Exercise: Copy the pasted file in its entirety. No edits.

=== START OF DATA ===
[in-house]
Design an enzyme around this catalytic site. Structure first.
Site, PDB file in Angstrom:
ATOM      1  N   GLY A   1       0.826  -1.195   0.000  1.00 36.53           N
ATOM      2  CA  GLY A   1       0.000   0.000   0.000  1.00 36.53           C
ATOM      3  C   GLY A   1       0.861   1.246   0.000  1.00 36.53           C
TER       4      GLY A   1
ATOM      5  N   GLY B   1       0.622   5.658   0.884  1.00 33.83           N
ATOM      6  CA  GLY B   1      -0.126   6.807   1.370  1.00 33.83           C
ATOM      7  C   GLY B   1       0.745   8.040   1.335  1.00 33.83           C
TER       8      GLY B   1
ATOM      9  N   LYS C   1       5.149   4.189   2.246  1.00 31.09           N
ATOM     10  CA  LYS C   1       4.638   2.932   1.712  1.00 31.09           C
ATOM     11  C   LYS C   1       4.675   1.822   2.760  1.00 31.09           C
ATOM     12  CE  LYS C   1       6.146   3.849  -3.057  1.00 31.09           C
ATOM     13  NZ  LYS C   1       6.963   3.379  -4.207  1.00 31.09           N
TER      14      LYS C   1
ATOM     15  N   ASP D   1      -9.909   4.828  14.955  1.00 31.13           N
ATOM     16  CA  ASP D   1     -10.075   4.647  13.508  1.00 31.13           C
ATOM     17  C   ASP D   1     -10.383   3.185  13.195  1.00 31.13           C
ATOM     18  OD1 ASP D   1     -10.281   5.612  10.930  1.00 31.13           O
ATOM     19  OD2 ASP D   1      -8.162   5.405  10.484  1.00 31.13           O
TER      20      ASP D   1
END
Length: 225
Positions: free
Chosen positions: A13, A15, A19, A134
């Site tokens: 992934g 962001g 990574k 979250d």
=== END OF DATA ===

[in-house]
Design an enzyme around this catalytic site. Structure first.
Site, PDB file in Angstrom:
ATOM      1  N   GLY A   1       0.826  -1.195   0.000  1.00 36.53           N
ATOM      2  CA  GLY A   1       0.000   0.000   0.000  1.00 36.53           C
ATOM      3  C   GLY A   1       0.861   1.246   0.000  1.00 36.53           C
TER       4      GLY A   1
ATOM      5  N   GLY B   1       0.622   5.658   0.884  1.00 33.83           N
ATOM      6  CA  GLY B   1      -0.126   6.807   1.370  1.00 33.83           C
ATOM      7  C   GLY B   1       0.745   8.040   1.335  1.00 33.83           C
TER       8      GLY B   1
ATOM      9  N   LYS C   1       5.149   4.189   2.246  1.00 31.09           N
ATOM     10  CA  LYS C   1       4.638   2.932   1.712  1.00 31.09           C
ATOM     11  C   LYS C   1       4.675   1.822   2.760  1.00 31.09           C
ATOM     12  CE  LYS C   1       6.146   3.849  -3.057  1.00 31.09           C
ATOM     13  NZ  LYS C   1       6.963   3.379  -4.207  1.00 31.09           N
TER      14      LYS C   1
ATOM     15  N   ASP D   1      -9.909   4.828  14.955  1.00 31.13           N
ATOM     16  CA  ASP D   1     -10.075   4.647  13.508  1.00 31.13           C
ATOM     17  C   ASP D   1     -10.383   3.185  13.195  1.00 31.13           C
ATOM     18  OD1 ASP D   1     -10.281   5.612  10.930  1.00 31.13           O
ATOM     19  OD2 ASP D   1      -8.162   5.405  10.484  1.00 31.13           O
TER      20      ASP D   1
END
Length: 225
Positions: free
Chosen positions: A13, A15, A19, A134
């Site tokens: 992934g 962001g 990574k 979250d």